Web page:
The Last Of Us Broke A 50-Year-Old HBO Record With Episode 2

Interest in "The Last of Us" series is spreading just as fast as the fictitious Cordyceps pandemic. In case you've been in your own apocalypse bunker for the past few weeks, the series is an adaptation of the highly acclaimed 2013 video game of the same name, following the relationship between hardened survivor Joel Miller (Pedro Pascal) and plucky, post-apocalypse born Ellie Williams (Bella Ramsey) on their road trip through a ruined, dystopian version of America. In this universe, a mutation of the Cordyceps fungus has spread to humans, turning them into infected zombies. The U.S. military have taken it upon themselves to contain the remnants of American society in quarantine zones, the oppressed are rising up against Fedra in their own resistance groups, and somehow, Ellie might be the key to finding a cure to it all.

If you've been following the production of this series as much as we have, it's clear that HBO always has had full confidence in the show and its creative vision, allowing it a "Game of Thrones" level production budget and giving the coveted Sunday night slot which is usually designated for only the best premium cable has to offer — perfect for water cooler chats at work and building up hype for the very next Sunday night.

Somehow, "The Last of Us" has exceeded all of those (already great) expectations. As TV Line reports, the series broke a viewership record with a 22% surge of audience growth that occurred in its second episode, making it the largest week 2 growth for any HBO Original series in the 50 years history of the network.

A show that welcomes loyal fans and newcomers

When "The Last of Us" premiered on January 15th to 4.7 million total viewers, it was already HBO's second-best launch since "Boardwalk Empire" premiered to around 7 million viewers back in 2010. However, the show has only grown in interest in its second week, the 22% surge increased the total viewership to 5.7 million.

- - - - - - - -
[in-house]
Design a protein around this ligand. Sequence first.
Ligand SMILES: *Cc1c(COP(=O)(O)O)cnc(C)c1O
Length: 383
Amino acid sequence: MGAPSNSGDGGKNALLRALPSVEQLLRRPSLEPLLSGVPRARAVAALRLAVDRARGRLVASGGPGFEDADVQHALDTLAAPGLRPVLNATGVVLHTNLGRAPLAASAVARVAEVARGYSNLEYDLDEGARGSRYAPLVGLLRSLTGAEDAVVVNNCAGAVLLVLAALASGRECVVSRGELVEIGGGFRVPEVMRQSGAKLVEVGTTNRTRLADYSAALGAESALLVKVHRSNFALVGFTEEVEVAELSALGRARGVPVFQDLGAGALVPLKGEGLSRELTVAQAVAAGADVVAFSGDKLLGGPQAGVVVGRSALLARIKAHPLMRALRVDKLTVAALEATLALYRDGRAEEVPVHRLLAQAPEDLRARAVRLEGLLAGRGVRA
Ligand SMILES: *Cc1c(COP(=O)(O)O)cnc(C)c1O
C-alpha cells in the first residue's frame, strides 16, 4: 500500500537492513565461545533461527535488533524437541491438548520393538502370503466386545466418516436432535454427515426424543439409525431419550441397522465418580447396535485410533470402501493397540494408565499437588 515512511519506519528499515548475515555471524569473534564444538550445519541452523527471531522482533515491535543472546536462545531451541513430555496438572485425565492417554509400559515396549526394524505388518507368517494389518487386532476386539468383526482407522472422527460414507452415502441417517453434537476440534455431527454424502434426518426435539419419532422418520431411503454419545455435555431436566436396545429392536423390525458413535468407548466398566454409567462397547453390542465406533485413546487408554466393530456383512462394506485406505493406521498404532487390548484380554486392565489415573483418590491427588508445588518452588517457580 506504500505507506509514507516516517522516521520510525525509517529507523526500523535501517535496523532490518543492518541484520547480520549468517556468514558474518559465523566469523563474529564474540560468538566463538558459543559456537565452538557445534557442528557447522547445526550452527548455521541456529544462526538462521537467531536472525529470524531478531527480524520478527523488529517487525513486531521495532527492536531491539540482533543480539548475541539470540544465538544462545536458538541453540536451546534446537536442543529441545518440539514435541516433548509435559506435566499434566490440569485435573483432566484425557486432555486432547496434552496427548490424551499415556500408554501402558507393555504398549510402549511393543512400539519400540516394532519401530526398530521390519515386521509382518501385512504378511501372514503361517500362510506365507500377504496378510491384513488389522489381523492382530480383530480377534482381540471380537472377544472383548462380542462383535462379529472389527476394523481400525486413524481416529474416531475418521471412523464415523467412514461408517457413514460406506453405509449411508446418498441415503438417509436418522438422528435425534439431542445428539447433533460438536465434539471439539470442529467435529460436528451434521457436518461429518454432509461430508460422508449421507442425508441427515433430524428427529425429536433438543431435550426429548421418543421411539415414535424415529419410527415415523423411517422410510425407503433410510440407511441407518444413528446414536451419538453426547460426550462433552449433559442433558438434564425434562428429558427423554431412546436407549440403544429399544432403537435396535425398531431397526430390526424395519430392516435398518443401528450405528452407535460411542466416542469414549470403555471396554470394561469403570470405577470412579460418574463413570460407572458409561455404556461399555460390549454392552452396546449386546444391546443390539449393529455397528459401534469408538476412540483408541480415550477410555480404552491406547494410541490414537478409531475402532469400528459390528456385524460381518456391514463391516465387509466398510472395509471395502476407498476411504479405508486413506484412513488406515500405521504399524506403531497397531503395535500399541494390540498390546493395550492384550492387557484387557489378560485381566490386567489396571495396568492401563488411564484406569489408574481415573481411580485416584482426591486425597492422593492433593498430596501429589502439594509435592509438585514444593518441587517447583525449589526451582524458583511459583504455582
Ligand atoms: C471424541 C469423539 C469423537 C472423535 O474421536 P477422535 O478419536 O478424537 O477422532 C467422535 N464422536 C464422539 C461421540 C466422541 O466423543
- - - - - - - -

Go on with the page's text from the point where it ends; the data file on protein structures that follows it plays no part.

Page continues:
So what's exactly happening here? Aren't live-action video game adaptations typically doomed to failure? Historically, yes. But, Neil Druckmann, creator of the "The Last of Us" game series, and Craig Mazin, showrunner of another HBO hit, "Chernobyl," make one glorious dream team. Druckmann, as the creator of the source material, and Mazin, as a sincere fan of the original game with his own ambitious ideas perfectly balance each other out — the result is an adaptation that stays faithful to the original story in broad strokes, but is still willing to take risks to make use of the new medium where it counts.

Having a powerhouse cast of great actors helps. Pedro Pascal (of "The Mandalorian" fame) is big enough to host SNL now, Bella Ramsey has had HBO-level experience on "Game of Thrones," and guest appearances from Anna Torv, Murray Bartlett, Nick Offerman, and Melanie Lynskey promise there's always something to look forward for TV fans.

Ultimately, "The Last of Us" has achieved a growing, multiple-quadrant audience. The series is smartly welcoming both to the loyal fans of the game that know every beat by heart, and also those who have never touched a video game controller before. Just today, the show's been officially renewed for a second season. So, if you haven't already, be sure to make room for Joel and Ellie in your Sunday schedule.